Wu Man is here to perform with the New Zealand String Quartet. The founding member of Yo-yo Ma’s Silkroad Ensemble plays her pipa live in the studio and discusses the fascinating evolution of her solo career which has seen her perform with Kronos Quartet and premiere works by Philip Glass, Lou Harrison, Bright Sheng and Tan Dun.
If you’ve learned Tai Chi you might have encountered the move ‘play the pipa’. This move relates to the plucking motions on the instrument.
“People always describe it as a pear-shaped, lute-like instrument”, says Wu Man. “It’s flatter than a Western guitar, with a very heavy, hard wood on the back, redwood. This material only exists in South-East Asia or China.”
The wood affects the sound quality. There are different materials but Wu Man believes the best choice is redwood.
It’s heavy - heavier than you think – 12 pounds (5.4kg) and Wu Man has to carry it with her while she runs through airports, getting from one destination to the next, and by the end of a day it can feel much heavier than 12 pounds. Fortunately it fits in overhead luggage so she doesn’t have to pay for an additional seat on an plane.
When she was nine Wu Man started on a smaller plucked instrument, the Liuqin, which is a little like a mandolin and she graduated to the pipa when she was twelve-years-old.
The instrument she plays now is relatively new, 4 years old. Modern instruments have surpassed the antique versions as performer use larger instruments and louder instruments these days.
In the 1950s players added more bamboo frets. There used to be only 10 and now there are 24 frets to accommodate a larger range.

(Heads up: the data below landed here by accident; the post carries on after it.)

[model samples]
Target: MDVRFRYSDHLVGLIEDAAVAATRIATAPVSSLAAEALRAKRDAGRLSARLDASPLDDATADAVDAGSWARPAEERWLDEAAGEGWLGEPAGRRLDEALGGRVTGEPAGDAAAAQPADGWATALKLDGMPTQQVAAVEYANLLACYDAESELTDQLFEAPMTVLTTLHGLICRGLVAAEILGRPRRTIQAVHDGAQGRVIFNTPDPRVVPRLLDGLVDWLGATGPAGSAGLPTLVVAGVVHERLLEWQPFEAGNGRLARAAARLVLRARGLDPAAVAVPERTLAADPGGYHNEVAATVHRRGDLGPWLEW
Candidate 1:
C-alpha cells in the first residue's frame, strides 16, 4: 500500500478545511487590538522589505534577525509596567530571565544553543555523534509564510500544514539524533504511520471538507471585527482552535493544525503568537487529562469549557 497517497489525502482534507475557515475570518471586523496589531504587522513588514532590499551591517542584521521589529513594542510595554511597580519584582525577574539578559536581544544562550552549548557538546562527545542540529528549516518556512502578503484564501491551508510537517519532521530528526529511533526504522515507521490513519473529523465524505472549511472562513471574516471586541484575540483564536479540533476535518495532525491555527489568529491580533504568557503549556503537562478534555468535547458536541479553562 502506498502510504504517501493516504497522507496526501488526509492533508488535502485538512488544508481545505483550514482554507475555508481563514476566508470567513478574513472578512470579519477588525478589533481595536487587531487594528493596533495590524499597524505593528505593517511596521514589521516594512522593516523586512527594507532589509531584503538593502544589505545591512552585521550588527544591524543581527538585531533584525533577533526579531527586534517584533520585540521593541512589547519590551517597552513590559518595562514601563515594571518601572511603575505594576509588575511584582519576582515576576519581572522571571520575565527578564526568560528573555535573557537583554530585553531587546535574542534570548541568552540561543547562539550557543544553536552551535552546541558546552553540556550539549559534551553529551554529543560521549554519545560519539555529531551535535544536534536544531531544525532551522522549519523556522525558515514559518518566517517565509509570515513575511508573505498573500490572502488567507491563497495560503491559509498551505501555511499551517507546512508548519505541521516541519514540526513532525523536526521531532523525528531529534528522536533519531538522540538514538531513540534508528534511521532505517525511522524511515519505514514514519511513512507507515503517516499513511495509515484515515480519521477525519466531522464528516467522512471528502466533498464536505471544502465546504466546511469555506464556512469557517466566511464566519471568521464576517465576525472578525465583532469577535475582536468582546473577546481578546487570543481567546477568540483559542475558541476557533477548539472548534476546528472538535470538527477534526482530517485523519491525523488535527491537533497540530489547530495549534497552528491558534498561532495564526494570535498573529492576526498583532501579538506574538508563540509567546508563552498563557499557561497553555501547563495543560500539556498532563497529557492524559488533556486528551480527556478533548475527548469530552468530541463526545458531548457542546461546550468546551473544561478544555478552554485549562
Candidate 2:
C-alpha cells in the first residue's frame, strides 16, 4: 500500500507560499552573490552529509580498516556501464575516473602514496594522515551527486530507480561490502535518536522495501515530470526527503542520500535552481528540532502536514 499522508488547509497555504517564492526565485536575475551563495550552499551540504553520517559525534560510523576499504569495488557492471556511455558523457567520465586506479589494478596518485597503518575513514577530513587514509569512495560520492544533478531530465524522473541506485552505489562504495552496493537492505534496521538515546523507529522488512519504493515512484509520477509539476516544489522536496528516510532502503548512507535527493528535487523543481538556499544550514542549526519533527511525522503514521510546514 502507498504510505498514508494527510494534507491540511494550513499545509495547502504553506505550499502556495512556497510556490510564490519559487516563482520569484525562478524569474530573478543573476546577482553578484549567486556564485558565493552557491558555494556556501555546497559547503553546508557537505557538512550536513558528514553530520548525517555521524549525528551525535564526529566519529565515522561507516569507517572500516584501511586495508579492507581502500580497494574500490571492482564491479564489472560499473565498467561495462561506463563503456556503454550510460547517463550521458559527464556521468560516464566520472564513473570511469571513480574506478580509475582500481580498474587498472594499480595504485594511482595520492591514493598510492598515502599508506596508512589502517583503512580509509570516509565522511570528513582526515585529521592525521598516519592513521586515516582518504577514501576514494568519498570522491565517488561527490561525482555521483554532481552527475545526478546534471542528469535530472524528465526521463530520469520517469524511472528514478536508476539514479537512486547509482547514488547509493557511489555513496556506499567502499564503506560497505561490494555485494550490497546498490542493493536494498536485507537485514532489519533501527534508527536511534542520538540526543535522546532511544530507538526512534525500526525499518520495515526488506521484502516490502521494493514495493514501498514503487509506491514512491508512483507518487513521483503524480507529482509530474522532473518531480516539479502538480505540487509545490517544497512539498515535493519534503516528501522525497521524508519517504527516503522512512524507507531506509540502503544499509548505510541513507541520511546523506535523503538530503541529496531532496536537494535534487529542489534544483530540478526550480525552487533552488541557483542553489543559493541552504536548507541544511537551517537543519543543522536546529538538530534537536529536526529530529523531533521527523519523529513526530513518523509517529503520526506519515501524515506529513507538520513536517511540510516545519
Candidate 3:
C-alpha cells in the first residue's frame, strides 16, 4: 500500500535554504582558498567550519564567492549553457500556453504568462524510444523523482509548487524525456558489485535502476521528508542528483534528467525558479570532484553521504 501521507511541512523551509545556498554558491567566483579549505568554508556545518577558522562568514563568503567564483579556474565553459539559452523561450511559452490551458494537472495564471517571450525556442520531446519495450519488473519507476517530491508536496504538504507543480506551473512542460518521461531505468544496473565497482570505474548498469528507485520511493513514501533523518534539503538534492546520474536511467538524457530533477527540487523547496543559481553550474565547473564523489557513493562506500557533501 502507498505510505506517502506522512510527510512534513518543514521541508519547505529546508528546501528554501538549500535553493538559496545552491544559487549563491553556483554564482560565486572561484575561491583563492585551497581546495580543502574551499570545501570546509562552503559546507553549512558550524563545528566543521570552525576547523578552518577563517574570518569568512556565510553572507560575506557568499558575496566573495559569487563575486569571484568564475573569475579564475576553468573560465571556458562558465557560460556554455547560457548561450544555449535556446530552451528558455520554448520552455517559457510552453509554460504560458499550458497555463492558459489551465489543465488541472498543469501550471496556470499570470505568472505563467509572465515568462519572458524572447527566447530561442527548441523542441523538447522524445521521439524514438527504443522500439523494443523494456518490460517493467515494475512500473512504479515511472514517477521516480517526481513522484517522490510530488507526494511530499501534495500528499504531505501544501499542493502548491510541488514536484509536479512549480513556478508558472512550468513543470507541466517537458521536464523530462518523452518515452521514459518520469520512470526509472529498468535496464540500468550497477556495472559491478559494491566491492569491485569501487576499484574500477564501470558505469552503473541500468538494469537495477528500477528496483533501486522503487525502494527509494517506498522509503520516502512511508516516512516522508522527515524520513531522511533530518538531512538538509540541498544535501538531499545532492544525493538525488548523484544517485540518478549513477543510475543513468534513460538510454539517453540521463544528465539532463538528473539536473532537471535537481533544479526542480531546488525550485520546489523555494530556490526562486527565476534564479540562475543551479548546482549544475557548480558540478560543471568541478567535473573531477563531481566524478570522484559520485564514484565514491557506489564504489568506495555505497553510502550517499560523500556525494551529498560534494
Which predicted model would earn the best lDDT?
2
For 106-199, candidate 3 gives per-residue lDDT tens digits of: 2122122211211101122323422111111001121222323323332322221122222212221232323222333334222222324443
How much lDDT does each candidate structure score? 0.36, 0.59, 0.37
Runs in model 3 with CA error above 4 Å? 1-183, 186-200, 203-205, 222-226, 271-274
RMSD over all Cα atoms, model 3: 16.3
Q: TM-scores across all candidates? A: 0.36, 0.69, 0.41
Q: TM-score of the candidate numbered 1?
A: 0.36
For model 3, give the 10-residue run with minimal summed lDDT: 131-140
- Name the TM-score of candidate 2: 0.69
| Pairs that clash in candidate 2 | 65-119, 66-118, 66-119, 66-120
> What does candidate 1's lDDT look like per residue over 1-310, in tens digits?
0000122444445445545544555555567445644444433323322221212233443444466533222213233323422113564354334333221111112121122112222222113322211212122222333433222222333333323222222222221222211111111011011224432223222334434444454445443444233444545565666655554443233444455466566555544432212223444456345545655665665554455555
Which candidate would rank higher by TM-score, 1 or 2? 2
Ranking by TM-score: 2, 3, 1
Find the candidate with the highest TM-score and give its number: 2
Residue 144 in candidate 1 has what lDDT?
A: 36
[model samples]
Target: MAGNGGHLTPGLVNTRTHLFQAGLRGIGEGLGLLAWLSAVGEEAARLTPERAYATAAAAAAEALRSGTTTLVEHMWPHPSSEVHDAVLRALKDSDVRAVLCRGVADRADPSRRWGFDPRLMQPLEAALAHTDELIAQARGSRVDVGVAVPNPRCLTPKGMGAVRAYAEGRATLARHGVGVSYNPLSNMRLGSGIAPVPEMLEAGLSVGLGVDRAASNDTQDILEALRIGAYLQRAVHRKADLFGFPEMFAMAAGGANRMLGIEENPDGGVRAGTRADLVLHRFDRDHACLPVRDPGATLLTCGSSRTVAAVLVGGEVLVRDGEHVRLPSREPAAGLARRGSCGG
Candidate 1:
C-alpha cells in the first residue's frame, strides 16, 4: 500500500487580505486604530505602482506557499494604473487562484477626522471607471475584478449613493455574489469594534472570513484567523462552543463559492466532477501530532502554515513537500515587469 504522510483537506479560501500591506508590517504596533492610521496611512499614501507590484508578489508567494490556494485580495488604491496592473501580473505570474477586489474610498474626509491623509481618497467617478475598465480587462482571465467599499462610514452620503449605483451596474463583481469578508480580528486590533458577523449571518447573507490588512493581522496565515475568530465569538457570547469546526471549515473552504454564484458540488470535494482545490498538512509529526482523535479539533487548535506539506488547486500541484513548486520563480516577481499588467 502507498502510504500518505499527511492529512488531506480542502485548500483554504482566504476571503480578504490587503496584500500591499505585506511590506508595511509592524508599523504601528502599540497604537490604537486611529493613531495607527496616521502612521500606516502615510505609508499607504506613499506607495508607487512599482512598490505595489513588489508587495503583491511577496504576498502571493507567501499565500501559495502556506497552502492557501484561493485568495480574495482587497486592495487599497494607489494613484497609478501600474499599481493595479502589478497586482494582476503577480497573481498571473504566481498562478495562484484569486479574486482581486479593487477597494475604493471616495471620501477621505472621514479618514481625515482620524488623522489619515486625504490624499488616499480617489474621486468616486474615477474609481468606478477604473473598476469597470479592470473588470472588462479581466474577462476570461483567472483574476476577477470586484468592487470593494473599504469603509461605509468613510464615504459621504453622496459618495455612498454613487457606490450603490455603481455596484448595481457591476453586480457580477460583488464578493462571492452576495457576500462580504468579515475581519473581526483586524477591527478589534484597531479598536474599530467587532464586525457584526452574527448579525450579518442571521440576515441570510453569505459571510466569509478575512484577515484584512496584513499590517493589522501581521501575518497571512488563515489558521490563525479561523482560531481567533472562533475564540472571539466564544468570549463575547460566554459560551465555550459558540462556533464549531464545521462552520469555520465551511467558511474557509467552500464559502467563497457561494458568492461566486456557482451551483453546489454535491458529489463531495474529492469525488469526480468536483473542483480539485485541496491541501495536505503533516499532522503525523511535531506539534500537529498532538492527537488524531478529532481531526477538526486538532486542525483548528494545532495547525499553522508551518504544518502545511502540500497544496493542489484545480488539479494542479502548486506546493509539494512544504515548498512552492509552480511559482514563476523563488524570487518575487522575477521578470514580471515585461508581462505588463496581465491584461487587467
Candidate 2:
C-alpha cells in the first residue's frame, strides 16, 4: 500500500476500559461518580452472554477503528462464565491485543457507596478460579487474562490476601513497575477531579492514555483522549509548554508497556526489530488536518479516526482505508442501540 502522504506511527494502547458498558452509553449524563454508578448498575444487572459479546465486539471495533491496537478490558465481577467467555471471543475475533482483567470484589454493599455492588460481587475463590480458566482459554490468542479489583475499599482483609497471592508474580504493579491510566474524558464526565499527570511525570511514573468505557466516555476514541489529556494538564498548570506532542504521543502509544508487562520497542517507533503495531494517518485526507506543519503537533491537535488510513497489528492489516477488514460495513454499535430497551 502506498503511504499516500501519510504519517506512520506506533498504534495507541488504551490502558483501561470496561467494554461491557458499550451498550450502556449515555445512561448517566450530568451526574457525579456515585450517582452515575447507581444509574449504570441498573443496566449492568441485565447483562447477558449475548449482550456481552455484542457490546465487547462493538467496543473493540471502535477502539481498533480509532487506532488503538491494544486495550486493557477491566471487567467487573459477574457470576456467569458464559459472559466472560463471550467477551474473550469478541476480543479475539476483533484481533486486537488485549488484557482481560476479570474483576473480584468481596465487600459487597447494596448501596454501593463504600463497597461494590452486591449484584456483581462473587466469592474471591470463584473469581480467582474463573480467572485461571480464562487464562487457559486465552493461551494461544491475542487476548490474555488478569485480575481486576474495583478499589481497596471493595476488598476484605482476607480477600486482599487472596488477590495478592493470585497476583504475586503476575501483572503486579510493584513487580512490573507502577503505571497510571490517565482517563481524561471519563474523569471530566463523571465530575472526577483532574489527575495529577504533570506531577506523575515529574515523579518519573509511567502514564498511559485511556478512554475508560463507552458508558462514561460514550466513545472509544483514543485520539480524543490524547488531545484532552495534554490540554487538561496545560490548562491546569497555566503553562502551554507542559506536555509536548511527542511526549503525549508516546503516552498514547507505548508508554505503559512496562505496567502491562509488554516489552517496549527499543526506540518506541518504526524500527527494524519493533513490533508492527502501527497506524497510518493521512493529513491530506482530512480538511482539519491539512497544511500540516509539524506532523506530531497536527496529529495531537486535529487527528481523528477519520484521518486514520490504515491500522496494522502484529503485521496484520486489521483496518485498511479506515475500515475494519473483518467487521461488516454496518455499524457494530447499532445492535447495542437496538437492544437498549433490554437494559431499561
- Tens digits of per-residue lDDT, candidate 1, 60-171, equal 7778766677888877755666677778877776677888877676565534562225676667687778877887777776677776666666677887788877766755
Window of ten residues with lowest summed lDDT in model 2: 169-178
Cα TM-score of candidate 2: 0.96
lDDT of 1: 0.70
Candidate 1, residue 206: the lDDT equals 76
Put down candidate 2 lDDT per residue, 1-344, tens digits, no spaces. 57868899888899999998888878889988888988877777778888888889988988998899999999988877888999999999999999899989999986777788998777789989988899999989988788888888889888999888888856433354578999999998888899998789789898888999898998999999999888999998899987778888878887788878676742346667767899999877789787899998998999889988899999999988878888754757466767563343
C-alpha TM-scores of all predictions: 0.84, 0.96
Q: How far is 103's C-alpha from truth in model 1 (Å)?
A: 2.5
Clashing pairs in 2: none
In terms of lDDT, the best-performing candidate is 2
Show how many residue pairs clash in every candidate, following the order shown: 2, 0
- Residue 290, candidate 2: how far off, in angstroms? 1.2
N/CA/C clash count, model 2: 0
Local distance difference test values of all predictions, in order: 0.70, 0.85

The belly of the pipa is hollow and the wood on the top of the belly is very soft. It’s made from a sort of pine tree so the quality of the sound is very different from guitar or the Middle Eastern oud, with its sound colour that seems to implode. Wu Man makes a sound like “Mwahng” to demonstrate the resonance of those instruments but she describes the pipa sound as a “bang”, an explosion of sound. So although they are all plucked instruments they all have a different timbre.
Unlike a guitar there is no sound hole on this instrument, and the pipa only has 4 strings. The tall bamboo frets allow the performer to bend the notes more than other string instruments.
The dragon decoration on the scroll of this pipa was carved from ivory by the instrument maker. Pipa players choose what they want as a decoration. Some have flowers, Chinese characters or even a bat but Wu Man chose a dragon.
The strings are struck outwards, with a flick of the nail, which allows the player to glide smoothly through a difficult tremolo motion using all of their fingers in quick succession.
Wu Man's plucking hand is covered in plectra, positioned like “fake nails”, which are made from a strong material that and are strapped to her fingertips with medical tape.
This is a very modern way to play with metal strings. Wu Man’s teacher used her natural fingernails because earlier strings were made of nylon or gut, and in generations past the strings were made from silk, which produced a much softer, darker and drier sound.
The bent notes can be both lyrical and dramatic depending on the piece. “The personality of the instrument has quite a big range”, says Wu Man.
In the 70s and 80s when Wu Man started to play the pipa, Western instruments were not popular. Pianos were expensive and there may have only been one piano factory in the whole of China.
Traditional instruments were quite popular among her generation. Today she estimates that it may be half and half, Chinese traditional instruments and Western instruments. And today most parents want their children to learn the piano. Wu Man believes this has to do with showing off your status, or the hope of having a career like the famous Chinese pianist Lang Lang.